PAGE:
The world soon to be dominated by such people (their world is already rapidly consolidating itself around us) will be awkward and ham-fisted; it will respond slowly and in all likelihood badly to the complicated problems that will impose their contingency on it. Petulance will characterize it universally: people who find it hard to think straight or to sort out complexities will balk at doing so and become adept at finding reasons for ignoring urgent social, moral, and political challenges. They will be even more amenable than many people already are to pandering, “magical” solutions to emergencies offered by cynical politicians who are interested solely in re-election.

Secretly aware of their limitations, they will also be susceptible to flattery designed to boost their all-important self-esteem. The level of commercial culture will descend even further than it already has to placate the taste of people who have rejected humane education and who do not really understand adult issues. As a student wrote in response to Iphigenia by Euripides, getting the tragedian’s message exactly backwards, people “must trust their leaders and things will be fine in the end.” Many older, genuinely educated people surviving into this not-too-distant future will find the new world infantile and exasperating.

William James wrote that the role of the intellect is to resolve into a comprehensible image the raw perceptual blur of reality. When the educational system rejects cultivating intellect as its primary goal and dedicates itself instead to fostering feelings, opinions, and baseless pride, it will discharge at the end of twelve years young people for whom the Jamesian “buzz” of phenomena cannot resolve into a comprehensible image. I mean to argue, in citing the student passages given above, much more than that contemporary undergraduates are poorly educated and lazy, even though they are those things in spades. I mean to argue that a deficient but entrenched pedagogy based on “progressive” theories of education has betrayed students by refusing to grant them the dignified status of real mentality, of adult awareness, and of literate sensibility.”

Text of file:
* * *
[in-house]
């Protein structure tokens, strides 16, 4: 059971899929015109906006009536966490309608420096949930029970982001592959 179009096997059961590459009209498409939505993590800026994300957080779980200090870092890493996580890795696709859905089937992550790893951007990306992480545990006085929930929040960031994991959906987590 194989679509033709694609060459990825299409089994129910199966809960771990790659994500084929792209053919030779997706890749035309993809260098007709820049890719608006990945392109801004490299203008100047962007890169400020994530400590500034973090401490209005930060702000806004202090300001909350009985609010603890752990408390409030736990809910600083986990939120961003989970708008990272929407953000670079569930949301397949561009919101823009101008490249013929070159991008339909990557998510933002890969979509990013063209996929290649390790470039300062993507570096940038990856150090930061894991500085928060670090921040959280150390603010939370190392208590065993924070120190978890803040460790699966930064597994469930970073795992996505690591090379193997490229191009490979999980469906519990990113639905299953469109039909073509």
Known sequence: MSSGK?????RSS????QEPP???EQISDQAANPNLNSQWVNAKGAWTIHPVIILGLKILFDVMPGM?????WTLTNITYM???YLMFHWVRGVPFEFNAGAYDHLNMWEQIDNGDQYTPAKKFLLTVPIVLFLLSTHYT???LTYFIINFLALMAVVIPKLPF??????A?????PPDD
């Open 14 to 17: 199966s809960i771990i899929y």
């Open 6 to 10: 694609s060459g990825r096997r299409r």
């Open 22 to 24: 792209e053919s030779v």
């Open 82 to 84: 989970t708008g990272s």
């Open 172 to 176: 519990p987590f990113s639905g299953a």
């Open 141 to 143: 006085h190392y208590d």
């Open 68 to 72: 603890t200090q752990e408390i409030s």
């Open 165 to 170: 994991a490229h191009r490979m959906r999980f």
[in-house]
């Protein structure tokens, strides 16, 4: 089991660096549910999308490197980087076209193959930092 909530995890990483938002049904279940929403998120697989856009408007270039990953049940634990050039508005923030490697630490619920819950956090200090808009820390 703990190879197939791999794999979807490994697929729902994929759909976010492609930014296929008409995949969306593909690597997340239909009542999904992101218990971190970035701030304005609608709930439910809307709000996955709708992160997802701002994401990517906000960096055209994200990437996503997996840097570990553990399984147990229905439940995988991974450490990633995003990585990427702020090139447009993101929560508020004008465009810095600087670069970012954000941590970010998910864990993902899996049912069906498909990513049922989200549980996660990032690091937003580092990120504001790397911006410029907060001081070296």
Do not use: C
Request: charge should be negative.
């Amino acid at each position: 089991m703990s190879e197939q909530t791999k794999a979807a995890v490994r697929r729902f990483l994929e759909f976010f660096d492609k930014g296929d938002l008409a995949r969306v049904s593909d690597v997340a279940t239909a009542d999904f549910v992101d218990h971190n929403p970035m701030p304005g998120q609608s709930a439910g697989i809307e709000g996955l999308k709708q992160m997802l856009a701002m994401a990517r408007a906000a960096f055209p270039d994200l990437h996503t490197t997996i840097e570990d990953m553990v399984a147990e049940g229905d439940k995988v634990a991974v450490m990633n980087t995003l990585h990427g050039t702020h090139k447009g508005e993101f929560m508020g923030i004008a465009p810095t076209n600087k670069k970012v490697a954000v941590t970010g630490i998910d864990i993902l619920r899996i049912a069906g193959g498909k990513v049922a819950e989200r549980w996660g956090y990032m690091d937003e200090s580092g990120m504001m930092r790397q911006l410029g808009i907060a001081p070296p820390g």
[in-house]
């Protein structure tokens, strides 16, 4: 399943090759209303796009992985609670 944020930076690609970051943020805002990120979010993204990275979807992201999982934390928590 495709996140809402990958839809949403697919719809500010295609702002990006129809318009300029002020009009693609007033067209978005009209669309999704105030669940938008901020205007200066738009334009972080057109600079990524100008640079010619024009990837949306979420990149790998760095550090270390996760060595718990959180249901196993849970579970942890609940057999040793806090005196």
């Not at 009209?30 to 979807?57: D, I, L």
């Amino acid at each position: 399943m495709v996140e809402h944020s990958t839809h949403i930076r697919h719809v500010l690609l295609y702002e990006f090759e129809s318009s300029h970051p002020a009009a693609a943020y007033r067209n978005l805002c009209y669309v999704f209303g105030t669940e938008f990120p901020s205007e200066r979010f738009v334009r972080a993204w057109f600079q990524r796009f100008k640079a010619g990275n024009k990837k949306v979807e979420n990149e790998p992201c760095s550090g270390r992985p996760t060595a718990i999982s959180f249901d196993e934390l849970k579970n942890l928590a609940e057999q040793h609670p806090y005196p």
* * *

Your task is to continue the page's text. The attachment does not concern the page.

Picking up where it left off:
Now, explain to me again why you oppose Christian classical education?

Read Full Post »

I’m going to make Mondays my “Flannery Day” — Duane says it’s ok with him — so here goes. Flannery was not bashful about expressing her opinions (especially in letters to friends). If you haven’t read her letters (published as The Habit of Being) you are missing a great treat. Here are a some of observations on education and learning:

“Everywhere I go I’m asked if I think the university stifles writers. My opinion is that they don’t stifle enough of them. There’s many a bestseller that could have been prevented by a good teacher.”

“Anybody who has survived his childhood has enough information about life to last him the rest of his days.”

“The truth does not change according to our ability to stomach it.”

Academic degrees meant little to her. In 1962, she received an honorary doctorate from the University of Notre Dame’s St. Mary’s College. She wrote to a friend, “My degree hasn’t done a thing for me so far, it hasn’t increased my self-confidence or improved my personality or anything I expected it to do. The local wags have already got tired of calling me ‘Doctor.’ Regina [her mother] wrapped the hood up in newspaper and put it away and unless I wear it Halloween, I guess it’ll stay there.”

Read Full Post »

%d bloggers like this: